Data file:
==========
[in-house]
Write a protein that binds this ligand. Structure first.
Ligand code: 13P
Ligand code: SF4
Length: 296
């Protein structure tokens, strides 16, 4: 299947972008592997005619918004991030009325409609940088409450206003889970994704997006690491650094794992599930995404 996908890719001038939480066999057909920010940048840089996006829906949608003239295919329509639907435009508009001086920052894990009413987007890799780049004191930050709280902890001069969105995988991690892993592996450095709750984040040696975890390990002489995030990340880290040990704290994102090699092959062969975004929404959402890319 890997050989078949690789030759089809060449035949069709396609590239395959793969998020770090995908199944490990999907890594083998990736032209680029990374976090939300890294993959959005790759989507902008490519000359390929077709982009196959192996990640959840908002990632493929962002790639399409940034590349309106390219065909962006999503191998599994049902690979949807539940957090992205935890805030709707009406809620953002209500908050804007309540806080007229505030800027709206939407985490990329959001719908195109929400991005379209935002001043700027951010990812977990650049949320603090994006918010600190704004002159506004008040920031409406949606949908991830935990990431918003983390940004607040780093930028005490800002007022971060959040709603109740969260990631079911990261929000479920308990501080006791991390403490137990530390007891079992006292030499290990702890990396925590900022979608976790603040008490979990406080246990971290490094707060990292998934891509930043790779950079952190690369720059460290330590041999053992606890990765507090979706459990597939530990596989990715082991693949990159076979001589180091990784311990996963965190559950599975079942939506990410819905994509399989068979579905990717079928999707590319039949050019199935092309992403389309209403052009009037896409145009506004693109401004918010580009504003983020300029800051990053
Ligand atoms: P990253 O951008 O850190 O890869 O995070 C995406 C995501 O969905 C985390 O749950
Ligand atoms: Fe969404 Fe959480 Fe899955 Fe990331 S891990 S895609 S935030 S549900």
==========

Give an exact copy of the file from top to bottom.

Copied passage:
[in-house]
Write a protein that binds this ligand. Structure first.
Ligand code: 13P
Ligand code: SF4
Length: 296
């Protein structure tokens, strides 16, 4: 299947972008592997005619918004991030009325409609940088409450206003889970994704997006690491650094794992599930995404 996908890719001038939480066999057909920010940048840089996006829906949608003239295919329509639907435009508009001086920052894990009413987007890799780049004191930050709280902890001069969105995988991690892993592996450095709750984040040696975890390990002489995030990340880290040990704290994102090699092959062969975004929404959402890319 890997050989078949690789030759089809060449035949069709396609590239395959793969998020770090995908199944490990999907890594083998990736032209680029990374976090939300890294993959959005790759989507902008490519000359390929077709982009196959192996990640959840908002990632493929962002790639399409940034590349309106390219065909962006999503191998599994049902690979949807539940957090992205935890805030709707009406809620953002209500908050804007309540806080007229505030800027709206939407985490990329959001719908195109929400991005379209935002001043700027951010990812977990650049949320603090994006918010600190704004002159506004008040920031409406949606949908991830935990990431918003983390940004607040780093930028005490800002007022971060959040709603109740969260990631079911990261929000479920308990501080006791991390403490137990530390007891079992006292030499290990702890990396925590900022979608976790603040008490979990406080246990971290490094707060990292998934891509930043790779950079952190690369720059460290330590041999053992606890990765507090979706459990597939530990596989990715082991693949990159076979001589180091990784311990996963965190559950599975079942939506990410819905994509399989068979579905990717079928999707590319039949050019199935092309992403389309209403052009009037896409145009506004693109401004918010580009504003983020300029800051990053
Ligand atoms: P990253 O951008 O850190 O890869 O995070 C995406 C995501 O969905 C985390 O749950
Ligand atoms: Fe969404 Fe959480 Fe899955 Fe990331 S891990 S895609 S935030 S549900």